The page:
How are dancers for the studio company selected?

We take dancers from JKO School, ABT Summer Intensive, and various competitions. We are looking for line, coordination, musicality, turnout, ability to jump, turn, etc. But rarely does one dancer possess every ability or positive attribute right from the start. So we are also looking for passion, drive, personality—that special spark that makes you believe that a dancer can become a great artist. Kevin McKenzie has explained it before as that magic combination of being gifted (having balletic qualities that you are born with) and talented (having the will, drive, and intelligence to turn those gifts into a professional dancer and artist.)

How is the repertoire selected for Studio Company?

I work closely with ABT Artistic Director Kevin McKenzie to find repertoire that will strengthen the dancers, make them better, and give them a taste of the demands of being in the main company. Of course, we are also considering program length and variation—I absolutely want our audiences to be happy!

One thing that Studio Company has done since John Meehan was director is new works. Each year we try to bring in at least one choreographer to make a new piece. This process is beneficial for so many reasons. For one thing, the dancers have to be quick, open minded, and present in the rehearsal studio in order to pick up the choreography and try to mimic the choreographer and find his/her way of moving. They also have to remember steps and new phrases of movement from day to day and prepare in a different way, I think. They get strong. And they are so proud when they get to bring something new to life. They are really able to take ownership of what they are doing. Artistically, it is very fulfilling. So, we always leave room for new works and also emerging choreographers.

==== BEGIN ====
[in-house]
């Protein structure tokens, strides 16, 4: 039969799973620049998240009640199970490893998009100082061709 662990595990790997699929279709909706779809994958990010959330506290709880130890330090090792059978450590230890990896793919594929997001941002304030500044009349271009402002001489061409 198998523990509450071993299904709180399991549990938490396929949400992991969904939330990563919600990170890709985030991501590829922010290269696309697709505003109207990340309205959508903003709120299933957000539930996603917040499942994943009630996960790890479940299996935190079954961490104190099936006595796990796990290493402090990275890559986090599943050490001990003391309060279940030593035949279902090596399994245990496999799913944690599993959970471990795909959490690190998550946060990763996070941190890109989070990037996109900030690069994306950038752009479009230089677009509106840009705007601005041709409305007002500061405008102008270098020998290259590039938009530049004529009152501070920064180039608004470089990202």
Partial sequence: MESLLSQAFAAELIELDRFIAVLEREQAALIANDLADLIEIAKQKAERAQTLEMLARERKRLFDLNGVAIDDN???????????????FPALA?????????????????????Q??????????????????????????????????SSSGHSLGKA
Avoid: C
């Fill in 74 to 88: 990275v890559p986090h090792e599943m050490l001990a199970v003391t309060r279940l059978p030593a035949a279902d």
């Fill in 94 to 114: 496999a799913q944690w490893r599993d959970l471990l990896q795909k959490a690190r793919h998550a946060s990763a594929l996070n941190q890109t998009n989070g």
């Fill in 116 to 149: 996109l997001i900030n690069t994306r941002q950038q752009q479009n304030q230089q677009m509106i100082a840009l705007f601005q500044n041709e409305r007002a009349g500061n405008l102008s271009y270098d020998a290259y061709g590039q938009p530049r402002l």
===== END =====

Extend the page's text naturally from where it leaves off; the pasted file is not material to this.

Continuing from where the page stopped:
What do your positions entail?

I am the Artistic Director of ABT Studio Company and ABT Summer Intensive programs. That basically means that I try to bring Kevin McKenzie’s vision for these programs to life. For both programs, I work closely with Mary Jo Ziesel, the director of ABT Education, and our incredible artistic faculty and administrative staff to keep everyone on the same page, reaching toward the same goals. I manage the selection of the dancers, the repertoire, the daily class and rehearsal schedule, and am involved in planning the performing and touring schedule and so much more. Now that Cynthia Harvey is on board as the Artistic Director of the ABT JKO School, we also are also working as a team to continue to elevate ABT's training programs. 

What are your goals for the summer intensive?